In 2016 Smith received a Doris Duke Artist Award and earned an honorary doctorate from CalArts, where he was also celebrated as Faculty Emeritus. In addition, he received the Hammer Museum’s 2016 Mohn Award for Career Achievement “honoring brilliance and resilience.” In 2018 he received the Religion and The Arts Award from the American Academy of Religion. In 2019 he received the UCLA Medal, the highest honor bestowed by the University of California, Los Angeles. United States Artists named Smith a 2021 USA Fellow, and he has been selected as a 2022 Mellon Arts & Practitioner Fellow at the Yale Center for the Study of Race, Indigeneity and Transnational Migration (RITM). Earlier in 2022, he also was commissioned by the LA Philharmonic to write the orchestral piece Gondwana: Earth, a Blue Sanctuary, Oceans, Seas, Lakes, Rivers, Springs and Lagoons; Paradise Gardens and Skies, as well as String Quartet #13, performed by the JACK Quartet.
Smith’s America’s National Parks earned wide praise as one of the best albums of 2016 from The New York Times, the NPR Jazz Critics Poll, The Wire and many other media outlets and was voted 2016 Jazz Album of the Year in DownBeat Magazine’s 65th Annual International Critics Poll, which also honored Smith as Jazz Artist and Trumpeter of the Year and featured him on the cover of the magazine twice: in November 2016 and August 2017. He was named Artist of the Year in the 2016 Jazz Times’ Critics Poll.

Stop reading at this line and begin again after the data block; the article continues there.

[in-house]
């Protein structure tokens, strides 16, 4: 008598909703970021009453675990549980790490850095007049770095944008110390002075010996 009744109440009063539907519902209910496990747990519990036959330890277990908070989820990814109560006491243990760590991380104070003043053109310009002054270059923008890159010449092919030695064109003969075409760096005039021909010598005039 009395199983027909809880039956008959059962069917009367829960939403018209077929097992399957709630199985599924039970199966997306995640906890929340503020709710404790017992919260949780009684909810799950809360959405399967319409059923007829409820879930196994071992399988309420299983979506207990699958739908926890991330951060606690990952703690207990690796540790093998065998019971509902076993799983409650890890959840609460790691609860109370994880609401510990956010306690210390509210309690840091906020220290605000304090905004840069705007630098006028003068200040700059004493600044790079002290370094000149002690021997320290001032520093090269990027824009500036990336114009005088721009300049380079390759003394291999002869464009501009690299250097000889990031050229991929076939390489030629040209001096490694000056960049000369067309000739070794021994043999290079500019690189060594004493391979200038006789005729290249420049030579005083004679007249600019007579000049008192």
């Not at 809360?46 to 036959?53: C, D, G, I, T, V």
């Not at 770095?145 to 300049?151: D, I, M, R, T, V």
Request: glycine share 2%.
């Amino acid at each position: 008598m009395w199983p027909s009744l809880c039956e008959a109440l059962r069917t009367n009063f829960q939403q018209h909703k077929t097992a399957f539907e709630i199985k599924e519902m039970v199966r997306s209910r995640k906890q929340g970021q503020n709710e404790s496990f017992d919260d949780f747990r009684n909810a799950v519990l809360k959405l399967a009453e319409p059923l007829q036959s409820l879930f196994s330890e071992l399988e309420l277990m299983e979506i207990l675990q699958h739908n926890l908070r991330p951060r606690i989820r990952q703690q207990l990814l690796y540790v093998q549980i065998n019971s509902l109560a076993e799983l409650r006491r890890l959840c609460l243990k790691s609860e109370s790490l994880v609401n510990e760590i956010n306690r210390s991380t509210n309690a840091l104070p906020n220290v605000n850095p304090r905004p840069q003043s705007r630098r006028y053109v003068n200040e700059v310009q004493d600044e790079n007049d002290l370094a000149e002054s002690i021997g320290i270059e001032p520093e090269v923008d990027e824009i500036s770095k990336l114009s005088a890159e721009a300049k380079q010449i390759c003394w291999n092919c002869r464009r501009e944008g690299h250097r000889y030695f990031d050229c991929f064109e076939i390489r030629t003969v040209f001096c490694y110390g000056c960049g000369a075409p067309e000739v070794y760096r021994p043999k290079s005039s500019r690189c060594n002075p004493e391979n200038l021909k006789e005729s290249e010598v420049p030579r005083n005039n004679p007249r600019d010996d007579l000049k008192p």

The Jazz Journalists Association has honored Smith as their 2013 Musician of the Year, 2015 Composer of the Year, 2016 Trumpeter of the Year, 2017 Musician of the Year plus Duo of the Year for his work with Vijay Iyer, and the 2022 Trumpeter of the Year. In 2022, Smith earned the Vision Festival’s Lifetime Achievement Award.
Among Smith’s numerous other awards, commissions and residencies are an Other Minds residency that commissioned Taif, a string quartet (2008); Fellow of the Jurassic Foundation (2008); FONT (Festival of New Trumpet) Award of Recognition (2008); Islamic World Arts Initiative of Arts International (2004); Fellow of the Civitela Foundation (2003); Fellow at the Atlantic Center for the Arts (2001); “Third Culture Copenhagen” in Denmark presenting a paper on Ankhrasmation (1996); Meet the Composer/Lila Wallace-Reader’s Digest Commissioning Program (1996); Asian Cultural Council Grantee to Japan (June-August 1993); Meet the Composer/Lila Wallace-Reader’s Digest Commissioning Program (1990); New York Foundation on the Arts Fellowship in Music (1990); National Endowment for the Arts Music Grants (1972, 1974, 1981).
Smith has performed and/or recorded with Anthony Braxton, Leroy Jenkins, Roscoe Mitchell, Henry Threadgill, Lester Bowie, Joseph Jarman, Cecil Taylor, Steve McCall, Anthony Davis, Carla Bley, Don Cherry, Jeanne Lee, Tadao Sawai, Muhal Richard Abrams, Ed Blackwell, Kazuko Shiraishi, Han Bennink, Marion Brown, Charlie Haden, Malachi Favors Magoustous, Jack DeJohnette, Vijay Iyer, Ikue Mori, Min Xiao Fen, Bill Laswell, John Zorn, Ronald Shannon Jackson, Frank Lowe, among many others.